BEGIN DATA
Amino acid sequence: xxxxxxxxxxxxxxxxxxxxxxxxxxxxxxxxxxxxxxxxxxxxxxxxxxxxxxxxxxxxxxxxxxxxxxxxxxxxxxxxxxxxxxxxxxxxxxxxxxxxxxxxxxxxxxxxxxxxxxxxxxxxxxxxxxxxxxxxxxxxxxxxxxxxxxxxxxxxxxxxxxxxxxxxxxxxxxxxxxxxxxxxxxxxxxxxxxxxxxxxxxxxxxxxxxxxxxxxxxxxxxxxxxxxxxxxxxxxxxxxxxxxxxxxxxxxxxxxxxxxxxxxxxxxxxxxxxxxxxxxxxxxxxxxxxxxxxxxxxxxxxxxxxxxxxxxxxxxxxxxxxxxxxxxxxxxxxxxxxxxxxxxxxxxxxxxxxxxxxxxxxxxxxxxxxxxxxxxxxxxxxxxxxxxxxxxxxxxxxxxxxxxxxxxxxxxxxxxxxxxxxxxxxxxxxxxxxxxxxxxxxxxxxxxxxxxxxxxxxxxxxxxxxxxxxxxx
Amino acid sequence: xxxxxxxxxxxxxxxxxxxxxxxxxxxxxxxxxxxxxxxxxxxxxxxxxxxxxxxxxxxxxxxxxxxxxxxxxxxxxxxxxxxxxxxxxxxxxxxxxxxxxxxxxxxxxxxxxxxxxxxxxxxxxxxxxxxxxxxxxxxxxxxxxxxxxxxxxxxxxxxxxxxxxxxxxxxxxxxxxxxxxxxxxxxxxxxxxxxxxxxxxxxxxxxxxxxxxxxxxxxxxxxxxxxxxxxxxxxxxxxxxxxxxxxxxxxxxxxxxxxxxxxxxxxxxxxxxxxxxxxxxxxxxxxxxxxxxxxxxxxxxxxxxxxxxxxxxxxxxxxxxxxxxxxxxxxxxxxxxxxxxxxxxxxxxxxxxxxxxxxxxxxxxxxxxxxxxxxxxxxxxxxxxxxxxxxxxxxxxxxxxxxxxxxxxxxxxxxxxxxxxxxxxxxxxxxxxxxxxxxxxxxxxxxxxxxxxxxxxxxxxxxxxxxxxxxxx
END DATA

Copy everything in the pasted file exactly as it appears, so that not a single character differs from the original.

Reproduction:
Amino acid sequence: xxxxxxxxxxxxxxxxxxxxxxxxxxxxxxxxxxxxxxxxxxxxxxxxxxxxxxxxxxxxxxxxxxxxxxxxxxxxxxxxxxxxxxxxxxxxxxxxxxxxxxxxxxxxxxxxxxxxxxxxxxxxxxxxxxxxxxxxxxxxxxxxxxxxxxxxxxxxxxxxxxxxxxxxxxxxxxxxxxxxxxxxxxxxxxxxxxxxxxxxxxxxxxxxxxxxxxxxxxxxxxxxxxxxxxxxxxxxxxxxxxxxxxxxxxxxxxxxxxxxxxxxxxxxxxxxxxxxxxxxxxxxxxxxxxxxxxxxxxxxxxxxxxxxxxxxxxxxxxxxxxxxxxxxxxxxxxxxxxxxxxxxxxxxxxxxxxxxxxxxxxxxxxxxxxxxxxxxxxxxxxxxxxxxxxxxxxxxxxxxxxxxxxxxxxxxxxxxxxxxxxxxxxxxxxxxxxxxxxxxxxxxxxxxxxxxxxxxxxxxxxxxxxxxxxxxx
Amino acid sequence: xxxxxxxxxxxxxxxxxxxxxxxxxxxxxxxxxxxxxxxxxxxxxxxxxxxxxxxxxxxxxxxxxxxxxxxxxxxxxxxxxxxxxxxxxxxxxxxxxxxxxxxxxxxxxxxxxxxxxxxxxxxxxxxxxxxxxxxxxxxxxxxxxxxxxxxxxxxxxxxxxxxxxxxxxxxxxxxxxxxxxxxxxxxxxxxxxxxxxxxxxxxxxxxxxxxxxxxxxxxxxxxxxxxxxxxxxxxxxxxxxxxxxxxxxxxxxxxxxxxxxxxxxxxxxxxxxxxxxxxxxxxxxxxxxxxxxxxxxxxxxxxxxxxxxxxxxxxxxxxxxxxxxxxxxxxxxxxxxxxxxxxxxxxxxxxxxxxxxxxxxxxxxxxxxxxxxxxxxxxxxxxxxxxxxxxxxxxxxxxxxxxxxxxxxxxxxxxxxxxxxxxxxxxxxxxxxxxxxxxxxxxxxxxxxxxxxxxxxxxxxxxxxxxxxxxxx